How much time and money do you spend trying to find information about your patients? Are you frustrated by the difficulties in obtaining patient medical records, test results, lab reports, radiology results, and insurance eligibility from organizations across state lines, down the street, or even across the hall? Do you ever order redundant tests simply because you are unable to access the results of tests ordered by another member of the care team?
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Explore This IssueJanuary 2010
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You are not alone.
A patient’s health information is typically scattered across many different places and is most often stored as a single piece of paper, without a backup copy. Even when this information is stored electronically, there is no guarantee that one computer system will be able to communicate with to another, so the information must be printed and then faxed or mailed to another practice, where the administrative staff will hand-enter the information into the computer system.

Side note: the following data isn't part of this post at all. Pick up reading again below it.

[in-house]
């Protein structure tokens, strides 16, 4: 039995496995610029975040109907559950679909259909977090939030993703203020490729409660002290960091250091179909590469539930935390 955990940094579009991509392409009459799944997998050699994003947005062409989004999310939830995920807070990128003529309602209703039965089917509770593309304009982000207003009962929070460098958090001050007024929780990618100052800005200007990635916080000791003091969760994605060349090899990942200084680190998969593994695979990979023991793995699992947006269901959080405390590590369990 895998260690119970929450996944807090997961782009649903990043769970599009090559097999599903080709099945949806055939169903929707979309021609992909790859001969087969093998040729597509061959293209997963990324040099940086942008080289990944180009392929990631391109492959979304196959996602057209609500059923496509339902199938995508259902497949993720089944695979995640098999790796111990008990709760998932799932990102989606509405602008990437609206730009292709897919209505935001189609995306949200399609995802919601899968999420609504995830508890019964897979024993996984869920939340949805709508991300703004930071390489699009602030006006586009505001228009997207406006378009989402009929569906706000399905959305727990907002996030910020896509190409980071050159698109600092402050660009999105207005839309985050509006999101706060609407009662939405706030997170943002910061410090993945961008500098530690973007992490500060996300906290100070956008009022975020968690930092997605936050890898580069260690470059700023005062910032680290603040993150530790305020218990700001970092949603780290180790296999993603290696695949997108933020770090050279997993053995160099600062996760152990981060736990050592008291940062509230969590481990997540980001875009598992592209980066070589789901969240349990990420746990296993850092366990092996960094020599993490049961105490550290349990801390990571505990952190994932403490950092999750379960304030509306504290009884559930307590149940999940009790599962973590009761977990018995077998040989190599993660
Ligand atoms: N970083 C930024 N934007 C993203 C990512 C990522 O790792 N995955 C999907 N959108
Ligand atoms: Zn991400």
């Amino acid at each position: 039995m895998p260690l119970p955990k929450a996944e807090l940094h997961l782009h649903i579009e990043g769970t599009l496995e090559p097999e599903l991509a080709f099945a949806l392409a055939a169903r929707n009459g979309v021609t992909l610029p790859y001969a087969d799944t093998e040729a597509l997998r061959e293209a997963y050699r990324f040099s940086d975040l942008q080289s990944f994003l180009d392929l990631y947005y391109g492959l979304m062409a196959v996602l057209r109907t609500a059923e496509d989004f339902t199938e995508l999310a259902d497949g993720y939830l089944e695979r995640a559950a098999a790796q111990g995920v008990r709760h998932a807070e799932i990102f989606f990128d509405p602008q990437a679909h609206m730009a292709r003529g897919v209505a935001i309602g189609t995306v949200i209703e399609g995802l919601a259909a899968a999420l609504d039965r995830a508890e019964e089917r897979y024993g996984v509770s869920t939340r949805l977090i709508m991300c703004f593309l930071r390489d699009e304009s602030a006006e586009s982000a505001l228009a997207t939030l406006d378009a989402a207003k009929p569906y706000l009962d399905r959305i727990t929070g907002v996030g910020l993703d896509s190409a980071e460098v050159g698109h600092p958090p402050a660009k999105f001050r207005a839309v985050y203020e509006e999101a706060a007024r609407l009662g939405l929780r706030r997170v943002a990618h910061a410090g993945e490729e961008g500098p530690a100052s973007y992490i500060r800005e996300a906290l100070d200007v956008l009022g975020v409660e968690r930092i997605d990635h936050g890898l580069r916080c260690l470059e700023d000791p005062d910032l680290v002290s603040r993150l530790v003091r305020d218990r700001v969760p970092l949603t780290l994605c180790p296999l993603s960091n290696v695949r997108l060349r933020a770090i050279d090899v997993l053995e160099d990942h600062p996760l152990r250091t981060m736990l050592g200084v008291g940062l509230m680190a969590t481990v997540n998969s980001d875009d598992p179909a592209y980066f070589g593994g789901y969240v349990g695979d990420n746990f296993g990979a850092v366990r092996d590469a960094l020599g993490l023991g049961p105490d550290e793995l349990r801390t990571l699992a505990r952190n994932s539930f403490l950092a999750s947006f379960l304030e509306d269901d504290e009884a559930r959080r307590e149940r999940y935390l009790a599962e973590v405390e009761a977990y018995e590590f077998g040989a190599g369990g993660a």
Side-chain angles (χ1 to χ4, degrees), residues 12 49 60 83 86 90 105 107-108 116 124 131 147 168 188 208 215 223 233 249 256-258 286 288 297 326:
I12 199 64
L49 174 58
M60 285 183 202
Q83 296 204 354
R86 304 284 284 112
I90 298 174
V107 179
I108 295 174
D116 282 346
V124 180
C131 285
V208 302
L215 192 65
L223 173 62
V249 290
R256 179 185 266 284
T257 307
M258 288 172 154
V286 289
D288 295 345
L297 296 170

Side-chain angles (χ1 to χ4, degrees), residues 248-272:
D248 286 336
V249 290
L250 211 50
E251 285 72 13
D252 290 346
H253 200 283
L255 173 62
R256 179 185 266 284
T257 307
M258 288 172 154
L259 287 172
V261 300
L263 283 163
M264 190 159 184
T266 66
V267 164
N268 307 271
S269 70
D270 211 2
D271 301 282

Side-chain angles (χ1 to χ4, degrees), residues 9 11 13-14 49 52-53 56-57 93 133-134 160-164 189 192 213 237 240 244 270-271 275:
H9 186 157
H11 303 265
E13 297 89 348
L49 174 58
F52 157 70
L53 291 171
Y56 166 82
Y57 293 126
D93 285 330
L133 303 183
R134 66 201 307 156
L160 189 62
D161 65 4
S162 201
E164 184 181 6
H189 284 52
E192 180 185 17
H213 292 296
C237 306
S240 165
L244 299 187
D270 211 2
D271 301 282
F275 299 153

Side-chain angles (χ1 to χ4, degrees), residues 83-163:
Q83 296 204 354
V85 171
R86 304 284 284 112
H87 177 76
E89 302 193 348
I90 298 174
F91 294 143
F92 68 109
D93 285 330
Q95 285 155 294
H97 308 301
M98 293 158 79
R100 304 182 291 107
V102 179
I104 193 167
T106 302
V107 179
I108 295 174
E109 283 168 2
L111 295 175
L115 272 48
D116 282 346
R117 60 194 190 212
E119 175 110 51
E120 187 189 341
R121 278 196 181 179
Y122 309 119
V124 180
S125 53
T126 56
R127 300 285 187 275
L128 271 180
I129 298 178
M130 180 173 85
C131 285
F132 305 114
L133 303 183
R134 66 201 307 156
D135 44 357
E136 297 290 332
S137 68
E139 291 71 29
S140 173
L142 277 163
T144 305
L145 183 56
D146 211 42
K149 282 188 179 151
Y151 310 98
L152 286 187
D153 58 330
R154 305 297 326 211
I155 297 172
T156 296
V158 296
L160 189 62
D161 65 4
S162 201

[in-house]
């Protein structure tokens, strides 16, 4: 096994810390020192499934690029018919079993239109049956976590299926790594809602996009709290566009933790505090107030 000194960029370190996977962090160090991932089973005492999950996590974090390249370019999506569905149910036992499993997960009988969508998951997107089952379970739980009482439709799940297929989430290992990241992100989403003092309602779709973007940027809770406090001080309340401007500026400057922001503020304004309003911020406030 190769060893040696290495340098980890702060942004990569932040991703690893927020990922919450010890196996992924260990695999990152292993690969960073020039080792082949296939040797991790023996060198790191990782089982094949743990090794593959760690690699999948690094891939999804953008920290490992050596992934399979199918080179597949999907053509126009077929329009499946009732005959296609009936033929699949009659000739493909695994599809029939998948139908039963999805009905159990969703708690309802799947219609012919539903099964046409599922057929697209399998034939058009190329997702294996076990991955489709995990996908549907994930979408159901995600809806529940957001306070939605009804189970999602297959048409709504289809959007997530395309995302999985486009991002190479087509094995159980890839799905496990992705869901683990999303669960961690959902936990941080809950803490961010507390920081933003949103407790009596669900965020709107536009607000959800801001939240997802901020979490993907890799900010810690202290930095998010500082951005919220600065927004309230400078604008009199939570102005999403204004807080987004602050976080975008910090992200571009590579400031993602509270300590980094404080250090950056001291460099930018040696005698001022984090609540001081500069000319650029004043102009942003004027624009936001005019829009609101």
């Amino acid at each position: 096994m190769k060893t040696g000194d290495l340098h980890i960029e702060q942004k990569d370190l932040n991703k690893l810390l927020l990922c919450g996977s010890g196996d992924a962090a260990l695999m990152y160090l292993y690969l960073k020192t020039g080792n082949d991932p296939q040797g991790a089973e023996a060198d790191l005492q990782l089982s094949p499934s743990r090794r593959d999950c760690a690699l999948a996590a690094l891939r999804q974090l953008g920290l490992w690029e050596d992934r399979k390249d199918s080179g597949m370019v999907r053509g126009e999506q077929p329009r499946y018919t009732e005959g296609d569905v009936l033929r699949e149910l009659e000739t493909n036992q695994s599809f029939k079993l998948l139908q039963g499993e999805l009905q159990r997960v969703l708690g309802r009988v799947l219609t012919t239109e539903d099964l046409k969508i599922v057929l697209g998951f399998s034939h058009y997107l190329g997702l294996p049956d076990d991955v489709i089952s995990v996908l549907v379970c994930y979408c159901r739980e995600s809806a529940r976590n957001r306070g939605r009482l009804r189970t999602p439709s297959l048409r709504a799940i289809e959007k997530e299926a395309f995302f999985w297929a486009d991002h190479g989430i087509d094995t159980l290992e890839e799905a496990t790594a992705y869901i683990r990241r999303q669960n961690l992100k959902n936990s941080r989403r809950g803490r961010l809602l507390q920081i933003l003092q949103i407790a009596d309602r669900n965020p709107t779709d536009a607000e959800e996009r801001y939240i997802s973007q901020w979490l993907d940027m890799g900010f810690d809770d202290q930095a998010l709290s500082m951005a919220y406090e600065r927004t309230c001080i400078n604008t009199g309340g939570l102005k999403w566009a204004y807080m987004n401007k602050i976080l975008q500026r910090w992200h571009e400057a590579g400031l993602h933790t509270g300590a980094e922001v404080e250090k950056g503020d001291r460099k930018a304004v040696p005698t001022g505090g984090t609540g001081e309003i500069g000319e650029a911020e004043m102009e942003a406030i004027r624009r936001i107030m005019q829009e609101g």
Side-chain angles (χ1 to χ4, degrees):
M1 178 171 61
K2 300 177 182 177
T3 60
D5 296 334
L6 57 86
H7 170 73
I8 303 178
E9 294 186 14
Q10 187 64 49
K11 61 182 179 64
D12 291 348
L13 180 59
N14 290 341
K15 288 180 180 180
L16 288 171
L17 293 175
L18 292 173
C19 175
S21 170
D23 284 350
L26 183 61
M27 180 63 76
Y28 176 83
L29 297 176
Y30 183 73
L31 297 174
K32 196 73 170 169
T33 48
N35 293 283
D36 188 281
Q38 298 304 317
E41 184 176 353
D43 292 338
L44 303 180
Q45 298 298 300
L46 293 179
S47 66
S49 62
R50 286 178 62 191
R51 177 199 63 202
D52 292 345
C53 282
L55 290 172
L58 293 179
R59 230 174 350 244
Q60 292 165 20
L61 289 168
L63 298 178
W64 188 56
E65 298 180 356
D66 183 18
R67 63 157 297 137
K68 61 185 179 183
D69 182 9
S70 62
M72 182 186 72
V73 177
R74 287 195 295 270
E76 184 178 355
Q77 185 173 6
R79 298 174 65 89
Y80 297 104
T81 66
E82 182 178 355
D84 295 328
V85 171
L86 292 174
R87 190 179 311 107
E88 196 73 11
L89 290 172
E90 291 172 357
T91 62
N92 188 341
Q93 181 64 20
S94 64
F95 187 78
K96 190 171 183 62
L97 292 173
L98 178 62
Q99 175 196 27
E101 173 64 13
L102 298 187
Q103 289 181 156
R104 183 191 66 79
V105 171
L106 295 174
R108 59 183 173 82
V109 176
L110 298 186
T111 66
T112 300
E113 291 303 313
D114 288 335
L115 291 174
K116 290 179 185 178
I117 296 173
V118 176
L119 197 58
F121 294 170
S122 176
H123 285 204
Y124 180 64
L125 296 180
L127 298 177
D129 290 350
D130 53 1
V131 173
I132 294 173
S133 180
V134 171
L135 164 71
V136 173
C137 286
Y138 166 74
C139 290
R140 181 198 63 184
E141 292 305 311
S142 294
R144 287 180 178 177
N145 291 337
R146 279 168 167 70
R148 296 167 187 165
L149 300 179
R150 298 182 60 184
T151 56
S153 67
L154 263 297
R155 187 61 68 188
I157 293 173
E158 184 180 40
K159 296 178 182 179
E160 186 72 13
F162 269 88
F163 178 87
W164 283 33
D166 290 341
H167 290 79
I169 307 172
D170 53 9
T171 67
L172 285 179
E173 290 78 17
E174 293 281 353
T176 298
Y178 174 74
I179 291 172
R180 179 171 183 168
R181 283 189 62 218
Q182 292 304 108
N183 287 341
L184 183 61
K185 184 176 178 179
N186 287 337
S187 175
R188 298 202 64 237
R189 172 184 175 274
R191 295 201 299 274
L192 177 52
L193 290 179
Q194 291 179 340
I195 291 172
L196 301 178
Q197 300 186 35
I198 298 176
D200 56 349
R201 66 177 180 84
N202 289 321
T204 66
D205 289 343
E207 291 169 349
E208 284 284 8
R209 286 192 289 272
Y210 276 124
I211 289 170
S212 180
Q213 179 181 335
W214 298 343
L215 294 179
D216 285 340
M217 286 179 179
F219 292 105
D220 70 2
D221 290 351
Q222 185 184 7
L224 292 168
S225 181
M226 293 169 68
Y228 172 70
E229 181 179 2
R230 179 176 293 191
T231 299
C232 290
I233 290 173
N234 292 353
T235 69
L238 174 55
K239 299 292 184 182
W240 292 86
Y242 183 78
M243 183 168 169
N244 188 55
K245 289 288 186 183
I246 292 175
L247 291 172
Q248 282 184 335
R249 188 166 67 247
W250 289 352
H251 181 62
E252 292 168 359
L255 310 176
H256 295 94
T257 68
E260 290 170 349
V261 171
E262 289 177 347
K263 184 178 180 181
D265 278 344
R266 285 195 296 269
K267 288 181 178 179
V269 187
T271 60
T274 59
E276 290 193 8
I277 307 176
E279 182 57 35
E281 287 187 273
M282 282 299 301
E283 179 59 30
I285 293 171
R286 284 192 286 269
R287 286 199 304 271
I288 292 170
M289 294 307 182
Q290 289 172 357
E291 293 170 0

But what if searching for a patient’s information was as quick and easy as using Google to find the weather report for your city? What if that search returned information from all the providers and laboratories that the patient has visited, giving you the information you need, when you need it? Would that save you time and money, as well as enable you to provide better care based on accurate and complete information?
The benefits of appropriate sharing of health information among physicians and other authorized participants are nearly universally understood and desired, and we may be closer than you think to achieving the electronic exchange of health information on a large scale.
What Is Health Information Exchange?
Health information exchange (HIE) is a way to move a patient’s health information securely from one member of the care team to another, with patient consent and according to nationally recognized privacy and confidentiality standard procedures.
HIE not only refers to the active movement of health information but can also refer to the organizational governance and structure facilitating the exchange. These organizations (often called regional health information organizations or RHIOs) focus on both the functional and governance structure required to provide the capability to effectively and efficiently move and translate clinical information among the many health information systems that do not communicate with each other. These organizations are typically geographically defined entities that develop and manage the legal and technical requirements for moving health information among providers within the community.